Sculpture

ART IN THE TWENTY-FIRST CENTURY
Los Angeles

 

This four-part series provides unparalleled access to some of the most innovative artists of our time, revealing how they engage with the culture around them and how art allows viewers to see the world in new ways. The featured artists are grouped by their unique and revealing relationships to the places where they live.

 

Los Angeles
Featured are: Diana Thater’s immersive video installations; Liz Larner’s experimental abstract sculptures; Tala Madani, who skewers stereotypes in satirical paintings; and Edgar Arceneaux, who examines history through drawing and performance.

 

 

 

ART IN THE TWENTY-FIRST CENTURY
Mexico City

 

ART IN THE TWENTY-FIRST CENTURY
This four-part series provides unparalleled access to some of the most innovative artists of our time, revealing how they engage with the culture around them and how art allows viewers to see the world in new ways. The featured artists are grouped by their unique and revealing relationships to the places where they live.

 

Mexico City
Featured are Damian Ortega, who makes sculptures from ordinary objects; Pedro Reyes, who designs solutions to social problems; Minerva Cuevas, who creates interventions in public space; and feature filmmaker Natalia Almada.

 

 

 

ART IN THE TWENTY-FIRST CENTURY
Chicago

 

ART IN THE TWENTY-FIRST CENTURY
This four-part series provides unparalleled access to some of the most innovative artists of our time, revealing how they engage with the culture around them and how art allows viewers to see the world in new ways. The featured artists are grouped by their unique and revealing relationships to the places where they live.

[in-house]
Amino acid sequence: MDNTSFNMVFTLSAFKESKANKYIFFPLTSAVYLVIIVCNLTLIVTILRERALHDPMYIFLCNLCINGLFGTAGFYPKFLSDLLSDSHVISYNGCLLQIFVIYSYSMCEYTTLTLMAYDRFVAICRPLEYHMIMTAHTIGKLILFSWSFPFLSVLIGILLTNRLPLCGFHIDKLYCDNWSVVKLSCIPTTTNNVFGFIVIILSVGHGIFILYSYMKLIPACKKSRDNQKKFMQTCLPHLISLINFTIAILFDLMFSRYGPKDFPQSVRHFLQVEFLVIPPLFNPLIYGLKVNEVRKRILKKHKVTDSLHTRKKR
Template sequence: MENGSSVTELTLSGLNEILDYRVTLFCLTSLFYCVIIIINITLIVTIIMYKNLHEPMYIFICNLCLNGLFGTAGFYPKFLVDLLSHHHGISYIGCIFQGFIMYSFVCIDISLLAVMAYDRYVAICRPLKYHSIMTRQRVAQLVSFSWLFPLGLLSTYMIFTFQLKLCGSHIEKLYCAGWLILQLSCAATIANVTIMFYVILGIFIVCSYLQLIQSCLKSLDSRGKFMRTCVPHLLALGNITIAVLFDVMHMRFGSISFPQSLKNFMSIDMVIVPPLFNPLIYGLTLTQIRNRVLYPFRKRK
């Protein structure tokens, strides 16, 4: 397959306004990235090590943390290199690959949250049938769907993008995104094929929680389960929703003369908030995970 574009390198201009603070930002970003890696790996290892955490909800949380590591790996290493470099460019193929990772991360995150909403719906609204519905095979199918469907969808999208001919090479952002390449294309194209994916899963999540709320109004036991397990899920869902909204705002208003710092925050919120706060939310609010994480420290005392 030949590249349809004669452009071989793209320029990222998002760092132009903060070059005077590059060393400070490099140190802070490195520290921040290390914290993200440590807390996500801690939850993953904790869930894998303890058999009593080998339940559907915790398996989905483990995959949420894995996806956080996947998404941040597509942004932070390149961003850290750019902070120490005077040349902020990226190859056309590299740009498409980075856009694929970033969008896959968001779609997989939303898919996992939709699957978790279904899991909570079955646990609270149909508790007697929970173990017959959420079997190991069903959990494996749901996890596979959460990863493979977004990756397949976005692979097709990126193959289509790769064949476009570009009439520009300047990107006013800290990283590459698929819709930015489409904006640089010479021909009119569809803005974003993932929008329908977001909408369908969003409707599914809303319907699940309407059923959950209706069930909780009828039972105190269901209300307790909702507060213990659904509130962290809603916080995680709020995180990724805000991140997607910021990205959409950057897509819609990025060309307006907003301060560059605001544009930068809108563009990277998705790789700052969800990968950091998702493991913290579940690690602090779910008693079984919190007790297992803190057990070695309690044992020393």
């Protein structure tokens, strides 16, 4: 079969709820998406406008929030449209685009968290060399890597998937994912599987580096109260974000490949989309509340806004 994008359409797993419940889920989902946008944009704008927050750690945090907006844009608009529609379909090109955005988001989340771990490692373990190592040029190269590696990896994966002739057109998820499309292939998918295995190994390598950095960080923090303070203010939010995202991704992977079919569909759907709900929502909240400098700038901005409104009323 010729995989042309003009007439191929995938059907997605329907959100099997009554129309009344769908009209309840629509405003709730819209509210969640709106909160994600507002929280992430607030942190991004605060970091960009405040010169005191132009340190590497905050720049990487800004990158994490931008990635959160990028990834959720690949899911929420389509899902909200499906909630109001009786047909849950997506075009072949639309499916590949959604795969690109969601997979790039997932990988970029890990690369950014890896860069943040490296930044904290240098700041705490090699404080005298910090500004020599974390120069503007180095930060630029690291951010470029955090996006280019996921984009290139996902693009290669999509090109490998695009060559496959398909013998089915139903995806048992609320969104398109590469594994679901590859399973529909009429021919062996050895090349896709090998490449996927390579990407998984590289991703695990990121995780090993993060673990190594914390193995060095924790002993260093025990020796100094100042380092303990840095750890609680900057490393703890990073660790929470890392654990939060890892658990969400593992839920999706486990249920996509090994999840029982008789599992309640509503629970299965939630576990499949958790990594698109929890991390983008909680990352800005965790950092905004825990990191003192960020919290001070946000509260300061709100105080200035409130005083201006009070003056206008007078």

Chicago
Featured are Nick Cave, who creates wearable objects blending fashion and movement; sculptor and urban planner Theaster Gates; Barbara Kasten, who makes photographs and video projections; and cartoonist Chris Ware, a pioneer of the graphic novel.

 

 

 

Emery Blagdon and his Healing Machine

 

In an unheated shed near Stapleton, Nebraska in the late 1950s, visionary artist Emery Blagdon began twisting pieces of old wire into patterns with pliers, attaching aluminum foil, beads, ribbons and an infinite array of everyday cast-off items. His work became part of a unique environment that he created, believing it could generate natural energy from the earth and help people attain better health. Spurred on by personal tragedy, Blagdon’s obsession to create a “Healing Machine” was life-long as he believed people could be cured by his work.